Although Rive was tight lipped about the impending IPO expected in Q3 this year, he referred to the $280M investment from Google last year and said, “Our expectation is that companies like Google and other Fortune companies start making similar investments.”
“In order to monetize the full benefits of the solar system you need a large tax paying company. .. might as well use that tax bill to motivate the growth of the renewable industry…” he added. “We are approaching hundreds of Fortune 100 and 1000 companies…and will continually be raising funds, potentially in perpetuity.”
SolarCity is targeting companies that can benefit handsomely from the 30% Federal Business Tax Credit for solar investments. Although Rive wouldn’t name names, Apple Inc. springs to mind immediately. Record profits and enormous tax base? Check. Recently inclined to alternative energy investments? Check. In case you missed it, Apple recently invested in a massive 4.8 megawatt fuel cell development using Bloom Energy technology. Watch this space. We’ll keep you updated.
SolarCity’s innovative model offers a range of solar options. Customers can buy systems outright or pay zero down and lease or purchase the power the system produces. Large investments from partners like Google allow the company to make solar affordable and continue growing rapidly. Rive described the company’s business model thus: “(We) install solar systems for free, so we need capital to pay for that, and take a long term revenue stream on the electricity that we sell. So, as fast as we grow, that’s the business model that we’re in.”
A former NASA advisor who developed technologies to sustain life on Mars, this earnest scientist is now harnessing his visionary skills and a large team of engineers to solve the energy crisis. His ambitious goal? To revolutionize the energy industry, just like cell phones revolutionized the communications industry. His team is developing high efficiency fuel cells to provide a globaldistributed system of electricity supply at low cost and a low (and ultimately zero) carbon footprint. Clients include Google, eBay, Fedex and Walmart. Not too shabby.
Even before opening his doors to 60 Minutes, KR agreed to discuss Bloom Energy’s progress in this exclusive and detailed Fresh Dialogues interview, recorded in 2009. To read the interview transcript click here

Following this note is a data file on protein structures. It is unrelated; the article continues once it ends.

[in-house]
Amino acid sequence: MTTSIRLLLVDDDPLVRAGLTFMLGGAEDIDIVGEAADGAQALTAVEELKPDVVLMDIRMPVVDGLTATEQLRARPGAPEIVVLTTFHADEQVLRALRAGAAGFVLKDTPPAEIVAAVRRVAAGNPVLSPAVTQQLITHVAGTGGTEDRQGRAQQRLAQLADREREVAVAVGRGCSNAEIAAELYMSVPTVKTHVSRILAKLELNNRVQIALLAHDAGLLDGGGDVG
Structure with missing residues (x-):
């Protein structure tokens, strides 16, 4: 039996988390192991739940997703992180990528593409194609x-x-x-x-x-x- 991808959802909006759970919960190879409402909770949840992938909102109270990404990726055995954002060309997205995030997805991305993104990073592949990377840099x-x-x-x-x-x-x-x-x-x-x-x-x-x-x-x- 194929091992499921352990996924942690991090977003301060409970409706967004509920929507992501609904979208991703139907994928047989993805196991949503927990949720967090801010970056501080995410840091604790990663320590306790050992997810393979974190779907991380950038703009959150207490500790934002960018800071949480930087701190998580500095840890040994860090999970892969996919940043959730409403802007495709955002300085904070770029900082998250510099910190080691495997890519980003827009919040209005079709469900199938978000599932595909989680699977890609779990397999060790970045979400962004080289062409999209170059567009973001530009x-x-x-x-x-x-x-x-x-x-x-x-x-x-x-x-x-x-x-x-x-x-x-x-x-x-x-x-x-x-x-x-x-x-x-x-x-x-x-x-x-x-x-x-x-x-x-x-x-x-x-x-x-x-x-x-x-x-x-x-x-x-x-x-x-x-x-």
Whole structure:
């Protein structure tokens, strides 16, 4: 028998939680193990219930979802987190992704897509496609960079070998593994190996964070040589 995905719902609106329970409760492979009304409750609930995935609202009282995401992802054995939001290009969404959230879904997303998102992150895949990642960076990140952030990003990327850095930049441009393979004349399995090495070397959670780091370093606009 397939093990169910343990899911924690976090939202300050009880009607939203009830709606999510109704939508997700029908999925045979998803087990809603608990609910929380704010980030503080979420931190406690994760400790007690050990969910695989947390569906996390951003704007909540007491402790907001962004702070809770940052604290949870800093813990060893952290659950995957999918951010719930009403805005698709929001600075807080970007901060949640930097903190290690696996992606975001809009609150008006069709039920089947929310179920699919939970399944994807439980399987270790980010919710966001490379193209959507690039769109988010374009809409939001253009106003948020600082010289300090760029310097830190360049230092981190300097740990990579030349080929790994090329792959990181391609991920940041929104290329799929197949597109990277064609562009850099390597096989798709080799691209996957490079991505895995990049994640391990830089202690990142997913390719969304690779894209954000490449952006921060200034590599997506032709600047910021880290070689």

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Why is energy the focus of KR Sridhar’s mission?
“Energy is a passport to a better living. For the rest of the world that doesn’t have access to power, to electricity; to give them that is empowering them to a better life. If your solution works and you make it affordable and you distribute it all over the world, then you have definitely changed the world….You give power to the people.”
What’s in the Bloom Box?
“It takes the chemical energy from the fuel and converts that to electrons with no in between conversion. So you are changing your currency only once. It’s an electro-chemical reaction..like a battery…but the big difference is it’s a power generator so you keep supplying the fuel in and you’ll keep getting the electrons out – most importantly without combustion. It’s a one step conversion… high efficiency…you burn less fuel – less greenhouse gases -and eliminate all the combustion related polluting gases.”
What’s the link with transportation?
“Transportation can potentially go in two directions in the future. One is a hydrogen infrastructure for the car, the other one is an electrical infrastructure for the car…plug-in hybrids…Our device can either produce the electricity that’ll charge the car or provide you hydrogen if the transportation becomes hydrogen based. So we’ve sort of become the gas station for the transportation industry.”
There are still many unanswered questions about Bloom Energy, but here are some more clues.
To check out more Fresh Dialogues VIDEO interview segments click here and check for other Fresh Dialogues video interview segments with lots more PRODUCT AND BUSINESS PLAN DETAIL about Bloom Energy.
Robert Ballard, the ocean explorer of Titanic famesat down with me in Silicon Valley to discuss his expeditions, global warming, and alternative energy. This respected scientist spoke candidly about global warming -“I’ll be honest, it’s too late, all the ice is going to melt.” READ the TRANSCRIPT
On the global warming controversy: Natural cycle or Human impact?
“Hey folks: it’s both. Whenever you have a tremendous controversy both sides tend to be right and wrong. You do have the natural interglacial warming that we’re experiencing, but you are increasing the severity of it with the human footprint. The concern most people have is that we can’t do much about the natural cycle, but we can do a lot about the human cycle. ..if you steepen it too much, evolution can’t keep up and you get extinction.”
On being Politically Correct
“Sometimes I see this tombstone that says, “the human race came and went but it was politically correct.” As a scientist I am not politically correct. My job is not to be politically correct. My job is to call it as I see it. And I see that the biggest problem the human race has is that there are too many of us.”
On the need to reduce our carbon footprint (more…)